The 2011 World Cup triumph will always be etched in the memories of today’s Indian cricketers and fans. It was India’s second World Cup victory after 28 years.
left-handed opener Gautam Gambhir and former skipper Mahendra Singh Dhoni were the heroes in the final as they scored 97 and 91* respectively while chasing Sri Lanka’s stiff target of 275. Soon after Dhoni hit the winning six off Nuwan Kulasekara, majority of the Indian players went numb with some of them even shedding tears at the Wankhede.
As the 12 edition of ICC Cricket World Cup is fast approaching, Gambhir has recalled the sweet memories from the showpiece event.
"When I look back now, it has been a very long journey and a very satisfying one. I was just 2 years old when India won the first World Cup but my childhood dream was always to be part of a World Cup-winning team, that was probably my only dream as I was growing up. I remember so many times in the morning I used to wake up thinking that I've been a part of a World Cup-winning team and my grandmother used to tell me I wanted that every day and I had to wait for a very long time,” Gambhir told ICC.
"Yes you regret those three runs because you could have got a hundred and not because of a hundred but I wanted to finish the game. I think more than the hundred, I wanted to be part of the game till the end and finish it so my regret was not about the hundred. Even if I would have scored a hundred, I would have had the same feeling when I scored 97. Probably that was the regret I had but all is well that ends well. Very happy that we could fulfill the dreams of millions of people," he added.
For Gambhir, a player is expected to win the World Cup when he is selected for the country and all he did was his job.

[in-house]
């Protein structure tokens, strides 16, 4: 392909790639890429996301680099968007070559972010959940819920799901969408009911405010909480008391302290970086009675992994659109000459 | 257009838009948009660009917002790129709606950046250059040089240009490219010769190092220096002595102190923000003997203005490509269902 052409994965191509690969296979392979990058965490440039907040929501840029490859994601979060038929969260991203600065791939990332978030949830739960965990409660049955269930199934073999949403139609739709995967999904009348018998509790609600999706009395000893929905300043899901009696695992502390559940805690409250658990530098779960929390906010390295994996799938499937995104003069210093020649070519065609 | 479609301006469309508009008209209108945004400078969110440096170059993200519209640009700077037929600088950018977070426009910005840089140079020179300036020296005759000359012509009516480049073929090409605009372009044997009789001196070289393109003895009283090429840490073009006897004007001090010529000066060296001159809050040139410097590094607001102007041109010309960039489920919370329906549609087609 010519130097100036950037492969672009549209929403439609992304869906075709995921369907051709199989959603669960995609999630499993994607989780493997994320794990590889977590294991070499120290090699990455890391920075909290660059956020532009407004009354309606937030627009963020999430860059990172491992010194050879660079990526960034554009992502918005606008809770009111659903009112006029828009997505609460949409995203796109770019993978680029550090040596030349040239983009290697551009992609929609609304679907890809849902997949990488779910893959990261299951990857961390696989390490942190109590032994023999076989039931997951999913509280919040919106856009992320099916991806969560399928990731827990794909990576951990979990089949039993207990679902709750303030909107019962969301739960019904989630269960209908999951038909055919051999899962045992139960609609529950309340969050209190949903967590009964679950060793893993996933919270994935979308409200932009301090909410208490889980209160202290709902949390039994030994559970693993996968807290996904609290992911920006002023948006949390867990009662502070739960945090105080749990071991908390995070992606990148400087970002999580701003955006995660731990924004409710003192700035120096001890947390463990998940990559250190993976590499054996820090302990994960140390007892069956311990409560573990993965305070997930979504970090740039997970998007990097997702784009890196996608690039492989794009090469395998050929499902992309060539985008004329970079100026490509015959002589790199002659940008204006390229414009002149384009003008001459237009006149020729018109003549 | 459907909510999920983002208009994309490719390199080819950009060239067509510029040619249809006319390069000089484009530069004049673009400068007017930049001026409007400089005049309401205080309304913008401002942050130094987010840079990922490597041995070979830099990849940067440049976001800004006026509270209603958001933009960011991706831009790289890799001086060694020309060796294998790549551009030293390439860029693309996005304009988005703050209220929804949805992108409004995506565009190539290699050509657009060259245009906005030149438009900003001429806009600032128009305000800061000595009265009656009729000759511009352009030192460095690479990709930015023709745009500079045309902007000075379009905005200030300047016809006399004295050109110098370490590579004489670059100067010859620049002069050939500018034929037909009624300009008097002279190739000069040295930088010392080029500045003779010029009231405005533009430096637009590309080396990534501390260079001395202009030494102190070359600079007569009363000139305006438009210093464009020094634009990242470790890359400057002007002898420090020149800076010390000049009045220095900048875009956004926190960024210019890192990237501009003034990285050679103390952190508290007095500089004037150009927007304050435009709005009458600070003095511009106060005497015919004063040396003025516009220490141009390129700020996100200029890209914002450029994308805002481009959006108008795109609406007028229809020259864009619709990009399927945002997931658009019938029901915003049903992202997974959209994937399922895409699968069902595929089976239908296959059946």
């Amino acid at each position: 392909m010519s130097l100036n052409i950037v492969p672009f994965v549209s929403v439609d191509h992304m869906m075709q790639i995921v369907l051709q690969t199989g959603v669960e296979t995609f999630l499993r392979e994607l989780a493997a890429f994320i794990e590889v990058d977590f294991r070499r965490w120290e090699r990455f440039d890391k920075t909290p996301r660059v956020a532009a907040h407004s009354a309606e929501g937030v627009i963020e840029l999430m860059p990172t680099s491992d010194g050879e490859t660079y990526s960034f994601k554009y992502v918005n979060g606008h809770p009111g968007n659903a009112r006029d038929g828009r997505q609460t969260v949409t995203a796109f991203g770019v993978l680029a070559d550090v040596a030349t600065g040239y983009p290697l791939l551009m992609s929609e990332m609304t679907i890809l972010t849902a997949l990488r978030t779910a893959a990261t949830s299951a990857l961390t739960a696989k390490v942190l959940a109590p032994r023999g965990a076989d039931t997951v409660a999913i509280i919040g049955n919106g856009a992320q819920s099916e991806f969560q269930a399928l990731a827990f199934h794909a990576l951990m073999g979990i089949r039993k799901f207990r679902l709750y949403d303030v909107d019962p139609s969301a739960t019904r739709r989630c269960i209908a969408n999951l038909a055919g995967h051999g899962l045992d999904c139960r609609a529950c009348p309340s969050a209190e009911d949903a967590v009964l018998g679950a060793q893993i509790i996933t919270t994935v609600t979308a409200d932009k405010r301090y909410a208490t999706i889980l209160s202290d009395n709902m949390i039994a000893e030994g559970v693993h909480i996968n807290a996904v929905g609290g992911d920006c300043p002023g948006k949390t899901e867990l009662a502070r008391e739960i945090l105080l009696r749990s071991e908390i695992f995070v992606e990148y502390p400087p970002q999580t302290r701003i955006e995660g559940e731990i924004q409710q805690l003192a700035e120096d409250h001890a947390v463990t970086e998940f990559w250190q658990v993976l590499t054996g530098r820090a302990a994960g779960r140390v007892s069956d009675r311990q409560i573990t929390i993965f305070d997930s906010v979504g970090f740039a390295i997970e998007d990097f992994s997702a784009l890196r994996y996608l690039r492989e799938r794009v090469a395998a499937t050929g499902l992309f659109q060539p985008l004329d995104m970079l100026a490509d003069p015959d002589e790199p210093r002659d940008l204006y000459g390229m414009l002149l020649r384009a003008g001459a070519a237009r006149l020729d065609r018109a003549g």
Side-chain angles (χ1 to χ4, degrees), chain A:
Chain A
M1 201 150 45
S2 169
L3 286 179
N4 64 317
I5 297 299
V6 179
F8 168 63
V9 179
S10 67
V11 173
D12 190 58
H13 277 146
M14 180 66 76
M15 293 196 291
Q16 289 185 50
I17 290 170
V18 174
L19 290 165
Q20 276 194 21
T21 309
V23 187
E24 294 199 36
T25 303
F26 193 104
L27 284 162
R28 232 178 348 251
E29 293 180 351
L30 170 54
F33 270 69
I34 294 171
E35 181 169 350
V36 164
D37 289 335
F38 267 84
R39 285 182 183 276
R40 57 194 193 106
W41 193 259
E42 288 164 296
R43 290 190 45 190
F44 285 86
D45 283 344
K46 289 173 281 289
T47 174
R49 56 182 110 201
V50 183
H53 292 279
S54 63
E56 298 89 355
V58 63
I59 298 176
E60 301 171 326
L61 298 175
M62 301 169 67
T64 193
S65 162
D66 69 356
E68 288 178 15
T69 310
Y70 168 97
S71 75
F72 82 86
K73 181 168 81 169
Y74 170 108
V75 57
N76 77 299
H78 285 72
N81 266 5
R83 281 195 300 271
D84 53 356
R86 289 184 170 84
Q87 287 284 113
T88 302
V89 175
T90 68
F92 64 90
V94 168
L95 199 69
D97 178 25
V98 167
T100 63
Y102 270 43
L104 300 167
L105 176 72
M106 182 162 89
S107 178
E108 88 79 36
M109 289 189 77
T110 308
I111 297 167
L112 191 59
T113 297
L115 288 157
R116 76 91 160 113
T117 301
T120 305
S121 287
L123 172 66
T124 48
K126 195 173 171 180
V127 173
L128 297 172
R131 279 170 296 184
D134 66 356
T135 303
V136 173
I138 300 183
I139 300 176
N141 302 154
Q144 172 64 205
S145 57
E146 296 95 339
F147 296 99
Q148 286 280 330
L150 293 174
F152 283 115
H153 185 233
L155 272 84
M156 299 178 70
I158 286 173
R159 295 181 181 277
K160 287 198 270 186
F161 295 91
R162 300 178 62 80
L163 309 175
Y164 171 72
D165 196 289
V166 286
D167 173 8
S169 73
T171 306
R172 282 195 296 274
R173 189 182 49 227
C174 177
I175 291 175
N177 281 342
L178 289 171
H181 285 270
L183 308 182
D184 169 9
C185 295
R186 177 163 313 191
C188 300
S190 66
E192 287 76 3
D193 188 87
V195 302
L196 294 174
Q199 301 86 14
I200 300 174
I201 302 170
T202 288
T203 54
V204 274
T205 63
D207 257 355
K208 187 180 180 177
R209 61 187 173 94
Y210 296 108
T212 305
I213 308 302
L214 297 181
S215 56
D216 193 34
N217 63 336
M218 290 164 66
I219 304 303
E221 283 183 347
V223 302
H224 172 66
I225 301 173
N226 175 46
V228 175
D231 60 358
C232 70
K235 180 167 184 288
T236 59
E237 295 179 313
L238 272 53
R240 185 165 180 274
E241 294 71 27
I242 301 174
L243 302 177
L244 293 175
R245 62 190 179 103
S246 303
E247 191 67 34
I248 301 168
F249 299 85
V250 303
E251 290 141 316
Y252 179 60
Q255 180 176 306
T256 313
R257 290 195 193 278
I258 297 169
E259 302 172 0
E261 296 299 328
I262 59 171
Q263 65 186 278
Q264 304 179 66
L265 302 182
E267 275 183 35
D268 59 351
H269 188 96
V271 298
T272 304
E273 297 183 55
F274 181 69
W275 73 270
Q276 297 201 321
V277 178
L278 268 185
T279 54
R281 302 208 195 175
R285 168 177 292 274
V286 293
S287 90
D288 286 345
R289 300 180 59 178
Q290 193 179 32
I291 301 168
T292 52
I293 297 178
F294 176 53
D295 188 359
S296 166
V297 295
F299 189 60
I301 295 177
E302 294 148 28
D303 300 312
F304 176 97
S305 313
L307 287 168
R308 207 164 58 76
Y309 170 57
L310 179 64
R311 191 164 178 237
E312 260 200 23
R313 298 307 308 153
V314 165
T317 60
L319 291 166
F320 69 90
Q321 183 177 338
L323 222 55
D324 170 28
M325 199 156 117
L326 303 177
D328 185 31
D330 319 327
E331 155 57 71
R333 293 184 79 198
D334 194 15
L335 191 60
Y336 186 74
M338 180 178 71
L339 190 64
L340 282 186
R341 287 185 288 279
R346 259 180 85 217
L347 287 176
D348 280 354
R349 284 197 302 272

"For me I think it was very satisfying. I feel when you are selected for your national team, you are expected to win the World Cup, you don't go there to fill the numbers on the sheet. Ultimately your job is to win the World Cup for the team. I remember saying after winning the World Cup that mission accomplished, we have done the job that was expected of us and that is how I am. I don't think I did anything extraordinary, that was my job to do it," the southpaw remarked.
Gambhir, who was recently bestowed with the prestigious Padma Shri award, is also known for his credentials in India’s triumphant ICC World T20 campaign in 2007. He was the highest run-scorer in the final of inaugural World T20 with 75 runs.
"That time T20 was not how it is now. It was just the start of the T20 format and lots of teams did not know how to approach T20 games and stuff. We approached it like the 50-over game that the openers should try to bat till the 15th-16th over, if one can do that we'll get to 150-160, which was going to be a very good total.
"Not like these days when you get 150-160 and it gets easily chaseable because people were not used to playing a lot of T20 format. We were losing wickets at regular interval and so I had to bat till the 15th or 16th over and I was actually happy that I could manage to do that."
Gambhir considers himself very fortunate to be a part of that brilliant time for India.
"I was part of some very special things what the team did. If you ask me personally, during that phase we became the No.1 Test side in the world. We were able to win the first CB series in Australia. We were able to win a Test series in New Zealand. We were able to draw a series in South Africa. So from that point of view it was very, very special and then we won the World Cup as well. That phase was very special for me because as a team we could achieve a lot that we had dreamt of.
“Ultimately you want to be part of something special for your country, do something for your country and not many people get that opportunity and honour to represent their country in the World Cup. When I look today, how fortunate can someone be that he got the opportunity to be a part of two World Cup-winning team and doing something special in two World Cup finals, it can't get bigger than that," he asserted.
Having retired from professional cricket later last year, Gambhir said he does miss cricket but it felt more relaxed now.
"It was tough initially because obviously you have done something for the last 25 years so it's always difficult to let that thing go but yes there's a lot of pressure that's off now. Irrespective of what level you play, you still want to be the best you can so till the last moment of my career, I wanted to be the best I could be. So I used to train in the same way and bat the same way in the nets also with that kind of motivation so all that is gone now and the pressure is off," he signed-off.